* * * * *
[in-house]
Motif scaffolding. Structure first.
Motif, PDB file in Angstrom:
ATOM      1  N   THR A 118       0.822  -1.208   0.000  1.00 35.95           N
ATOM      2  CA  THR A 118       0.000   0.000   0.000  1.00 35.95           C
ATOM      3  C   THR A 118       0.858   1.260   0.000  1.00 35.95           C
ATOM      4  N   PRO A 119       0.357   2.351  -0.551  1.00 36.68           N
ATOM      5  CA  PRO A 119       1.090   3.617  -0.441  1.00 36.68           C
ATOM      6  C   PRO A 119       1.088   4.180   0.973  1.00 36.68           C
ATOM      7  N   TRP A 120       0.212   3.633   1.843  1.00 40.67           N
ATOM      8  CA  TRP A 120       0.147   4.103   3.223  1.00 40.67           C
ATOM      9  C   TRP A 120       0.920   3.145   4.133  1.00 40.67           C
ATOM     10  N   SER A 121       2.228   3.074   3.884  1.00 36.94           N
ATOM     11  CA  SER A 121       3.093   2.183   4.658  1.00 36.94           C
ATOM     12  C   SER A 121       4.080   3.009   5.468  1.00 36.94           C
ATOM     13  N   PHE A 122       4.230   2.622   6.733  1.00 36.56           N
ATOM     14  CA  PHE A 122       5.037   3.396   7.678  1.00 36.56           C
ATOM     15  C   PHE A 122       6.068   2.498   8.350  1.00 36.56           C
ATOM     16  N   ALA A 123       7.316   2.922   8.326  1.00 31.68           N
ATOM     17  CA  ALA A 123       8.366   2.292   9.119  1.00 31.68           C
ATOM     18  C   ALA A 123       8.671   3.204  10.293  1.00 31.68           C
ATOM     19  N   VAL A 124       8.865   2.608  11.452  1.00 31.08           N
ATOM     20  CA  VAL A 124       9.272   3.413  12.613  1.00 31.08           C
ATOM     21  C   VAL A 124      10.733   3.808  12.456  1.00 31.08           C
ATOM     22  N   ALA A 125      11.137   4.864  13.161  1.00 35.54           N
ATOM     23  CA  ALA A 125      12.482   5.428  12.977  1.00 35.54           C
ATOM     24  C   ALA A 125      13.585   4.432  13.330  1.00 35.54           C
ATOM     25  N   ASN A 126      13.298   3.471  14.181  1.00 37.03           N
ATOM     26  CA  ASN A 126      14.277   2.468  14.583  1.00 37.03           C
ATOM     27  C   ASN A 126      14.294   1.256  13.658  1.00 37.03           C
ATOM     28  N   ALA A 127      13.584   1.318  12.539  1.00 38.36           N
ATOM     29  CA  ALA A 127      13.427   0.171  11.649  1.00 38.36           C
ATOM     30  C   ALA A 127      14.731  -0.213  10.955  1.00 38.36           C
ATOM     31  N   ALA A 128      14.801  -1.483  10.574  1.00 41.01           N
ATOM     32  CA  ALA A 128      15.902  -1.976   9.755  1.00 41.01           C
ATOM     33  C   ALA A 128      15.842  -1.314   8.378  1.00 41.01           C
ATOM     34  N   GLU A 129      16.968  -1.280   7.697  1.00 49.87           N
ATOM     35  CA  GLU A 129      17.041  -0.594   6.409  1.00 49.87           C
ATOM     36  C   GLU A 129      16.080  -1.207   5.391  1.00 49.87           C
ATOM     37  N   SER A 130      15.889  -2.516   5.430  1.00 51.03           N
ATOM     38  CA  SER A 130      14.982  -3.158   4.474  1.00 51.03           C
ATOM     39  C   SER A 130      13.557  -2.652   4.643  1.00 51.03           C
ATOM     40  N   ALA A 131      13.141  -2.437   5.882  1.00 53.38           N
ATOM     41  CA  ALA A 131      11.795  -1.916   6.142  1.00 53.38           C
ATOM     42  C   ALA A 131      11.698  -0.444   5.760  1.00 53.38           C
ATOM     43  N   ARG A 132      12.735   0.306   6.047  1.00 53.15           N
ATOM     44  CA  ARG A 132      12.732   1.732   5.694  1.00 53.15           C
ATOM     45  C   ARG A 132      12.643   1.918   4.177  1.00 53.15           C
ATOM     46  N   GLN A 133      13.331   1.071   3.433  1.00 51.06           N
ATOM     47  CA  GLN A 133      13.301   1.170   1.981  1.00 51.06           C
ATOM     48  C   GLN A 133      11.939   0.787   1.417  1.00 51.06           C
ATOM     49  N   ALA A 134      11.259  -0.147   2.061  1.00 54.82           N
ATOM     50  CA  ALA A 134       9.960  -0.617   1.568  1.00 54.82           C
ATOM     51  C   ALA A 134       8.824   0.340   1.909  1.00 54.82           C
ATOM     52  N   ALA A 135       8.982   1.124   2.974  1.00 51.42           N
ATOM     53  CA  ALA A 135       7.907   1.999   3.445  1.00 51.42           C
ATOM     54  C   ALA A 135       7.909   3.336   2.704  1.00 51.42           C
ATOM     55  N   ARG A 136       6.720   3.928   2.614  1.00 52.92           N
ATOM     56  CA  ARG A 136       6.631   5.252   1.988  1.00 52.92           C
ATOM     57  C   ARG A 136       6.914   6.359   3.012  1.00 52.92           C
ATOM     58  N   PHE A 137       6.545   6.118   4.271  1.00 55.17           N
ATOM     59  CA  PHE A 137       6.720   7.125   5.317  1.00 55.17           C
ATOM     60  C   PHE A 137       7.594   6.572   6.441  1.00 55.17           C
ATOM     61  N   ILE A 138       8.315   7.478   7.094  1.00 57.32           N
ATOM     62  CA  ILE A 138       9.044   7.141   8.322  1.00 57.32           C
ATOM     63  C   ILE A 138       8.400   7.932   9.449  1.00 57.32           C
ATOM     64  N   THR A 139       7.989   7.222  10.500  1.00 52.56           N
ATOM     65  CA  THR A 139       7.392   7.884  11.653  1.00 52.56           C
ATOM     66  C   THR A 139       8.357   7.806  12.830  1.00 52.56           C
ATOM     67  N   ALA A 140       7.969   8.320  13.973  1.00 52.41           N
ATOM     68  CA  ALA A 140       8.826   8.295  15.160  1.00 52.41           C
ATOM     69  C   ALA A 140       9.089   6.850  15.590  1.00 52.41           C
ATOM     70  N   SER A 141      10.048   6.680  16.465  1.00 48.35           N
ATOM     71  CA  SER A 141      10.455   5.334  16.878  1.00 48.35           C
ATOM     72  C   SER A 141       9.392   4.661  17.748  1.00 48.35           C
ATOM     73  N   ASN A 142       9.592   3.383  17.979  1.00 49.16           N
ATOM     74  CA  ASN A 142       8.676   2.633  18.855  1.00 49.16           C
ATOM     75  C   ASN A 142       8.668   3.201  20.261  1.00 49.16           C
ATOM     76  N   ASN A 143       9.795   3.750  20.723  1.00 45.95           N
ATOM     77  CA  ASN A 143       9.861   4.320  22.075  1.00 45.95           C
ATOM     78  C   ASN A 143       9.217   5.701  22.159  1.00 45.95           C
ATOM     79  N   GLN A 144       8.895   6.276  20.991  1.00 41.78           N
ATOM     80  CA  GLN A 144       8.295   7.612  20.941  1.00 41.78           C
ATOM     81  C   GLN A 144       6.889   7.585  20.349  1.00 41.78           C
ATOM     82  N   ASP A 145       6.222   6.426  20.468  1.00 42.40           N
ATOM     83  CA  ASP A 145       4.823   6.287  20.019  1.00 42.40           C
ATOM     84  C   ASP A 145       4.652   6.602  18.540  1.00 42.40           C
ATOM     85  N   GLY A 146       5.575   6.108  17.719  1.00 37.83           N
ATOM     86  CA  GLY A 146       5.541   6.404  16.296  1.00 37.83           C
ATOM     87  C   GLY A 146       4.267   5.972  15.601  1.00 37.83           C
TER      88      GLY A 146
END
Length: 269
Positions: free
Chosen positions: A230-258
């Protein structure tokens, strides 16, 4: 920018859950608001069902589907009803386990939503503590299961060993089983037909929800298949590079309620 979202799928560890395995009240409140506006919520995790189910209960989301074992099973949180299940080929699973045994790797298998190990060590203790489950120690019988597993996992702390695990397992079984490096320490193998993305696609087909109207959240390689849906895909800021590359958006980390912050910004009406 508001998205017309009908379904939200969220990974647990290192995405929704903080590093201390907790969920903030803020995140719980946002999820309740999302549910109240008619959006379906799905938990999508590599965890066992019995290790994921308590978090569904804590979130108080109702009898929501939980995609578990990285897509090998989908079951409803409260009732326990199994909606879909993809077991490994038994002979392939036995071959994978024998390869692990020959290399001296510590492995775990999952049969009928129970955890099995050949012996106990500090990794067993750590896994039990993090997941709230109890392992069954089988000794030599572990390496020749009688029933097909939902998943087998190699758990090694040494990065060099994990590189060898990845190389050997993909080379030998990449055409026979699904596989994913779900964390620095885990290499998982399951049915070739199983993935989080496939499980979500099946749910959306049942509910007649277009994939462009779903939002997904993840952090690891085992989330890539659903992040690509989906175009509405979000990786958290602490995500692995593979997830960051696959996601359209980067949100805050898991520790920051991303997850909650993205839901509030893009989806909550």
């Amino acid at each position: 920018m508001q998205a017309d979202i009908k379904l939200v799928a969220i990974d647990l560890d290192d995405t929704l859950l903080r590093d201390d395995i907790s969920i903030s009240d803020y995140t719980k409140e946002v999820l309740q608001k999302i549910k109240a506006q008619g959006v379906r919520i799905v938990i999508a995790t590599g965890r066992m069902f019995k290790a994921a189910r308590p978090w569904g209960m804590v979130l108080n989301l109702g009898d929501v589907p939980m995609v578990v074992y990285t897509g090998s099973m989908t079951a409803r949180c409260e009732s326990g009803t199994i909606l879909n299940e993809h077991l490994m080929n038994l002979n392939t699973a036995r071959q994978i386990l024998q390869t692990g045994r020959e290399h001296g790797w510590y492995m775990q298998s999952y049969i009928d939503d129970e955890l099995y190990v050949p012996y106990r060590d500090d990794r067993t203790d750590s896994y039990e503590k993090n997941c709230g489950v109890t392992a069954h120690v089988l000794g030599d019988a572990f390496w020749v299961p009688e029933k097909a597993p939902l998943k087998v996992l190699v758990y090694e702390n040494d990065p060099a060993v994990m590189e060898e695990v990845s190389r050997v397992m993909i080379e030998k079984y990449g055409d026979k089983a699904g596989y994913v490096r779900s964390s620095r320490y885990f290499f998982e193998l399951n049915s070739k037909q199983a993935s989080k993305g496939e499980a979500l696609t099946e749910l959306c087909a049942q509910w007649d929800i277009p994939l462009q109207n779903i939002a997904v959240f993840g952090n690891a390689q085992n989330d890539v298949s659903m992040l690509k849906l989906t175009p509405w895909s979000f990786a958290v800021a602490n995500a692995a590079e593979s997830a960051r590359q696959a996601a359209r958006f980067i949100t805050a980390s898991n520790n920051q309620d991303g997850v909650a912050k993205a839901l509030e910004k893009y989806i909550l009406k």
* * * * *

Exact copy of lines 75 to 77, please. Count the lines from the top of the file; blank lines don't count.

ATOM     72  C   SER A 141       9.392   4.661  17.748  1.00 48.35           C
ATOM     73  N   ASN A 142       9.592   3.383  17.979  1.00 49.16           N
ATOM     74  CA  ASN A 142       8.676   2.633  18.855  1.00 49.16           C